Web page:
Franklin Square and Elmont Neighbors in the News

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Recognizing a Fellow and a National Night Out

Elmont's Young earns Fellow designation

Livingstone Young, E.A., of Elmont, has earned Fellow designation from the National Association of Enrolled Agents for completing all three levels of the National Tax Practice Institute on Aug. 11. With this designation, Young has proven his dedication to protecting taxpayer rights and attests to his expertise in tax. 

Enrolled agents, who are awarded the E.A. designation, are independent, federally-authorized tax practitioners who demonstrated a high level of technical competence in tax, licensed to practice by the Internal Revenue Service. They are the only authorized tax practitioners with unlimited rights of representation before the IRS. They advise and represent taxpayers whom the IRS examines, for example, those who are unable to pay taxes or are trying to avoid or recover penalties. Their role is also to prepare tax returns for individuals, partnerships, corporations, estates, trusts and any other entities with tax-reporting requirements. Unlike tax attorneys and CPAs, who may or may not choose to specialize in taxation, they specialize in taxation. Enrolled agents are considered tax experts throughout America. They're required by the federal government to maintain their skills with continuing professional

education.

While earning the EA license allows them the right to represent taxpayers, the Fellows have made the commitment to a higher level of knowledge and excellence, which also distinguishes them, as the course is open only to enrolled agents, Certified Public Accountants and tax attorneys. This licensing program was developed to prepare representatives to protect their clients' rights by disseminating the most recent information about IRS laws and procedures critical

to representation.

Institute Fellows must successfully complete a rigorous three-part curriculum that prepares them to effectively represent their clients before all administrative levels of the Internal Revenue Service. They successfully complete coursework covering all variances of examinations, audits, collections and appeals, and employ best practices and role-playing as part of their instruction. All successful Fellows must know the entire process, from both the client and IRS perspective. 

Young is a member of the National Association of Enrolled Agents (NAEA) and the New York Society of Enrolled Agents (NYSSEA).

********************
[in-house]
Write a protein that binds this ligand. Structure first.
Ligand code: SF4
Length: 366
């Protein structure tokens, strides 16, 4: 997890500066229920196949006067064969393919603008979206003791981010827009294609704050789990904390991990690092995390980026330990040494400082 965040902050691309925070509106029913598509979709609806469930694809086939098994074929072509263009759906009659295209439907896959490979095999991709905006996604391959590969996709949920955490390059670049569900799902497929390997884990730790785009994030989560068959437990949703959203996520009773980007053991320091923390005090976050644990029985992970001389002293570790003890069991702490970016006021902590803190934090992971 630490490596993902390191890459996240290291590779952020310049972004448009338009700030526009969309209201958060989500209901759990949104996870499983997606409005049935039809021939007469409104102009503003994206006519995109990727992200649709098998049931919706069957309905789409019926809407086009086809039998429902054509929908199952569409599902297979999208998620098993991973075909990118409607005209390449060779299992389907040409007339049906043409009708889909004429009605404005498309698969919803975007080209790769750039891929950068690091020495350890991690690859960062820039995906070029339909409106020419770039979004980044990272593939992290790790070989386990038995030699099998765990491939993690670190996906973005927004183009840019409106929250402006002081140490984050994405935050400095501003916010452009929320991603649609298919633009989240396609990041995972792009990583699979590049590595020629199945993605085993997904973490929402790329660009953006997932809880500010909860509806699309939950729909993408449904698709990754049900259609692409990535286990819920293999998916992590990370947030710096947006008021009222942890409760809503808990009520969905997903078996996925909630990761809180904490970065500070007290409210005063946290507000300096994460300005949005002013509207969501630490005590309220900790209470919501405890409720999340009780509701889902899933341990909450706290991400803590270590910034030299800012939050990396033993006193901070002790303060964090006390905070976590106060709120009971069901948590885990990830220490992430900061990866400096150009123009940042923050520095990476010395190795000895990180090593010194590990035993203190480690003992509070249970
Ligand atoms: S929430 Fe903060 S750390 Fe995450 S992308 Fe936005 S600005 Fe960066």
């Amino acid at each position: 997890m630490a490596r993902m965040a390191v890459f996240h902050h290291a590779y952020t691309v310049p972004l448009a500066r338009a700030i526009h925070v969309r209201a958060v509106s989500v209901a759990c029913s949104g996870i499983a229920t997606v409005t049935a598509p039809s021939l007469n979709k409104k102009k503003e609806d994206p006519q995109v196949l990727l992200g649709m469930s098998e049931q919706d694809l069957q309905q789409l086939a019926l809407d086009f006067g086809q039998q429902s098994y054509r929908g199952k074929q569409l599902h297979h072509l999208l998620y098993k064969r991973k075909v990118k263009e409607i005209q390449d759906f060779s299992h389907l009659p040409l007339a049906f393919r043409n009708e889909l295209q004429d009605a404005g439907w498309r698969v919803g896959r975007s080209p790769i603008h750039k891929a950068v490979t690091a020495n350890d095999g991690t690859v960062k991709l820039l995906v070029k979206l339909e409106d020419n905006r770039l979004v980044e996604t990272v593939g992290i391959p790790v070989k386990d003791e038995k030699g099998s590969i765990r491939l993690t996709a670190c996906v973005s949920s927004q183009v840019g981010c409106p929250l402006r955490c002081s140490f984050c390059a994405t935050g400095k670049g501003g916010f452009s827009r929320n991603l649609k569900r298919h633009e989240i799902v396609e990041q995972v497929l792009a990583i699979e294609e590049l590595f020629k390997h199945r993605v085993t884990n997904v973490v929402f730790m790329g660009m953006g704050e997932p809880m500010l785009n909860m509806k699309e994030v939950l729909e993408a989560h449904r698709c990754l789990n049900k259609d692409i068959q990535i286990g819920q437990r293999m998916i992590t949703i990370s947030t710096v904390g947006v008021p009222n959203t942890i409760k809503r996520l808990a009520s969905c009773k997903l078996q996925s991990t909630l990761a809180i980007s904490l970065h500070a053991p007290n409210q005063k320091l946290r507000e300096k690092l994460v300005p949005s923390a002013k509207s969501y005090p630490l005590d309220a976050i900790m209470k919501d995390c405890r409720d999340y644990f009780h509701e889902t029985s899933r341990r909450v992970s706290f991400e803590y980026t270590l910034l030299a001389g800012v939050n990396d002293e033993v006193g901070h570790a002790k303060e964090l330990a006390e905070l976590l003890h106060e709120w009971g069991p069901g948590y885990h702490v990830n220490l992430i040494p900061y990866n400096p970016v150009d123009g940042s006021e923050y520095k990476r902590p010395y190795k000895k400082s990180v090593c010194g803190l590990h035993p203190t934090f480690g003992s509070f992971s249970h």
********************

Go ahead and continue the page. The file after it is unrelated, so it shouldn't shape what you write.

Franklin Square and Elmont residents came out for National Night Out

Acting Police Commissioner Patrick J. Ryder and County Executive Edward P. Mangano worked with the Nassau County Police Department to participate in the "34th Annual National Night Out," a crime/drug prevention event on Aug. 1 this year.

According to Ryder, National Night Out is designed to:

Heighten crime and drug prevention awareness;

Generate support for, and participation in, local anticrime programs;

Strengthen neighborhood spirit and police-community partnerships

Send a message to criminals letting them know that neighborhoods are organized and fighting back.

The Fifth Precinct was host to two separate NNO events. One was held in Valley Stream, at the Green Acres Mall in the southeast parking field, from 6 to 9 p.m. The other was held on Fifth Precinct property, sponsored by the Elmont Civics Associations, in the back parking lot at 1655 Dutch Broadway, in Elmont, also from 6 to 9 p.m. Both sites offered arts and crafts for the children, raffles, community organization booths, food and refreshments, entertainment and an opportunity to meet and speak with Fifth Precinct officers. 

Community advisor for the Fifth Precinct, Hesham Khafaga, said NNO was important to disperse the "history of 'dislike'" between some citizens and police departments in almost every part of the country. 

"Events like these ensure the public understand the role of police officers and they are there to help, serve and protect the public," he said. "Being up close and personal with officers in non-emergency is bonding and it sends a broad message that the police departments and the public stand united against crimes."